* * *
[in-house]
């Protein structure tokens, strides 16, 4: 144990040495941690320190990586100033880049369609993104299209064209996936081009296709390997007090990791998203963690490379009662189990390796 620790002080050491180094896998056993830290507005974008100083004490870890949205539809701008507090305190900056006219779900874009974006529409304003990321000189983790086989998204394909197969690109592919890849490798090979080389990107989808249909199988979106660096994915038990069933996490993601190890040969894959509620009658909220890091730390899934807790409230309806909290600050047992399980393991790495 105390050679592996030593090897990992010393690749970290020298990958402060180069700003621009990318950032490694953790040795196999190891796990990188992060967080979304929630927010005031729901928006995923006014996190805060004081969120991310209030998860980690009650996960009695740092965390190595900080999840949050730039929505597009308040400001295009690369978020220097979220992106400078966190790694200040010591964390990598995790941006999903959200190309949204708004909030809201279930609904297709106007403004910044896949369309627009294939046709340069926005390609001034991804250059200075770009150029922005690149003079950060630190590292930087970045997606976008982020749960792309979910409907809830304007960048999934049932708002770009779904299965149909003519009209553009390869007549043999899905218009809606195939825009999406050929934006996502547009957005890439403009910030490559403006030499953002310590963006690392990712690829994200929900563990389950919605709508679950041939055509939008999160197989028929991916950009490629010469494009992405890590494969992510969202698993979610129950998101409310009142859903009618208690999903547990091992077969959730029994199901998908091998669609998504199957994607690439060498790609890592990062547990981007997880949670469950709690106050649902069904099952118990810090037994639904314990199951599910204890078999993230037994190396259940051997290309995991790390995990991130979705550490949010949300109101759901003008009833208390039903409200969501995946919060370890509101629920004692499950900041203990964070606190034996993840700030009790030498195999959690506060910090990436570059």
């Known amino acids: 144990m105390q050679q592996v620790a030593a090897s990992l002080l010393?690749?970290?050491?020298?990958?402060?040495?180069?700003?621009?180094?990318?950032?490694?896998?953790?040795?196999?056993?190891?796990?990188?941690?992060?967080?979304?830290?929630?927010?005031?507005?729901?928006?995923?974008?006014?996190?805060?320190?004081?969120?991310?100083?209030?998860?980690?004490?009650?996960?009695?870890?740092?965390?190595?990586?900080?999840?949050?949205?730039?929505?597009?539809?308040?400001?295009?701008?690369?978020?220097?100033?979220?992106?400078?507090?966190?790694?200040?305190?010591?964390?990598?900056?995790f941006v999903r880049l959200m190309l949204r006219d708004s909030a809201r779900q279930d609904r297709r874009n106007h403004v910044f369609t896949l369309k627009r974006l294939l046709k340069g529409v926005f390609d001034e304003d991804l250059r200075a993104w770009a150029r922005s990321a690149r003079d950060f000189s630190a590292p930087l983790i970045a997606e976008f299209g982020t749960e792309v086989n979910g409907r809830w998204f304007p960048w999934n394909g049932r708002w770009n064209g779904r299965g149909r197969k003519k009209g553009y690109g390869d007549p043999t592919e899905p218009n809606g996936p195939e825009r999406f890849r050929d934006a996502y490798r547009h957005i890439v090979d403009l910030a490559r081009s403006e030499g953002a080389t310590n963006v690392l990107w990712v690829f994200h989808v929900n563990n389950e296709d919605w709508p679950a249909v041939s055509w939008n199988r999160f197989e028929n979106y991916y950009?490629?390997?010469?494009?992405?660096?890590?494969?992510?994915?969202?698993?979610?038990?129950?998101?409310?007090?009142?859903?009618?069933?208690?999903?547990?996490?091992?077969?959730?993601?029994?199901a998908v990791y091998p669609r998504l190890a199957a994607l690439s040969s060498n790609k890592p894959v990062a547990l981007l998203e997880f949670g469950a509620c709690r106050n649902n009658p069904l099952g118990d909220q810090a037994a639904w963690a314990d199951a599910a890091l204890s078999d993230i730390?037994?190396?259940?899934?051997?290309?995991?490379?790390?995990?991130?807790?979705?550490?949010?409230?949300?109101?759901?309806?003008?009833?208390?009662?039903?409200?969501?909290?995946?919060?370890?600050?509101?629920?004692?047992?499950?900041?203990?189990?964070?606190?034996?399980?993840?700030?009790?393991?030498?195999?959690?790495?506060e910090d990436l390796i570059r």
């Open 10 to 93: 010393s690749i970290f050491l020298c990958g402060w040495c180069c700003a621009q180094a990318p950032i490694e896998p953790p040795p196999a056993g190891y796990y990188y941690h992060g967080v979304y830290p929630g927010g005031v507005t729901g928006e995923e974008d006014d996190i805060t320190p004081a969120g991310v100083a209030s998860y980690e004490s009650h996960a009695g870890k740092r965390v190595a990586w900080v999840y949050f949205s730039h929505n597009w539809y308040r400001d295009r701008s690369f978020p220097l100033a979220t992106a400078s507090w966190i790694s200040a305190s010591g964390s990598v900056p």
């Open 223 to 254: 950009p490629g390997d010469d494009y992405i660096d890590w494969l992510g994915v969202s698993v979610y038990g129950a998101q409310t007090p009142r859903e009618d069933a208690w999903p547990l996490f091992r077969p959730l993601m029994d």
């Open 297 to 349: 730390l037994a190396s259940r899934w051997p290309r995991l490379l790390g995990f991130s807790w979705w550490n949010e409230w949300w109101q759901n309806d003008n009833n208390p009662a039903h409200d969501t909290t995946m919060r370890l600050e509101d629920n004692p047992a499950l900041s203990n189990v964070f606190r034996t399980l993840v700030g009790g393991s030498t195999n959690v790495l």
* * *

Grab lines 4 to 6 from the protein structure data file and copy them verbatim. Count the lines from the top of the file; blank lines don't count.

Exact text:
């Open 10 to 93: 010393s690749i970290f050491l020298c990958g402060w040495c180069c700003a621009q180094a990318p950032i490694e896998p953790p040795p196999a056993g190891y796990y990188y941690h992060g967080v979304y830290p929630g927010g005031v507005t729901g928006e995923e974008d006014d996190i805060t320190p004081a969120g991310v100083a209030s998860y980690e004490s009650h996960a009695g870890k740092r965390v190595a990586w900080v999840y949050f949205s730039h929505n597009w539809y308040r400001d295009r701008s690369f978020p220097l100033a979220t992106a400078s507090w966190i790694s200040a305190s010591g964390s990598v900056p």
């Open 223 to 254: 950009p490629g390997d010469d494009y992405i660096d890590w494969l992510g994915v969202s698993v979610y038990g129950a998101q409310t007090p009142r859903e009618d069933a208690w999903p547990l996490f091992r077969p959730l993601m029994d």
């Open 297 to 349: 730390l037994a190396s259940r899934w051997p290309r995991l490379l790390g995990f991130s807790w979705w550490n949010e409230w949300w109101q759901n309806d003008n009833n208390p009662a039903h409200d969501t909290t995946m919060r370890l600050e509101d629920n004692p047992a499950l900041s203990n189990v964070f606190r034996t399980l993840v700030g009790g393991s030498t195999n959690v790495l």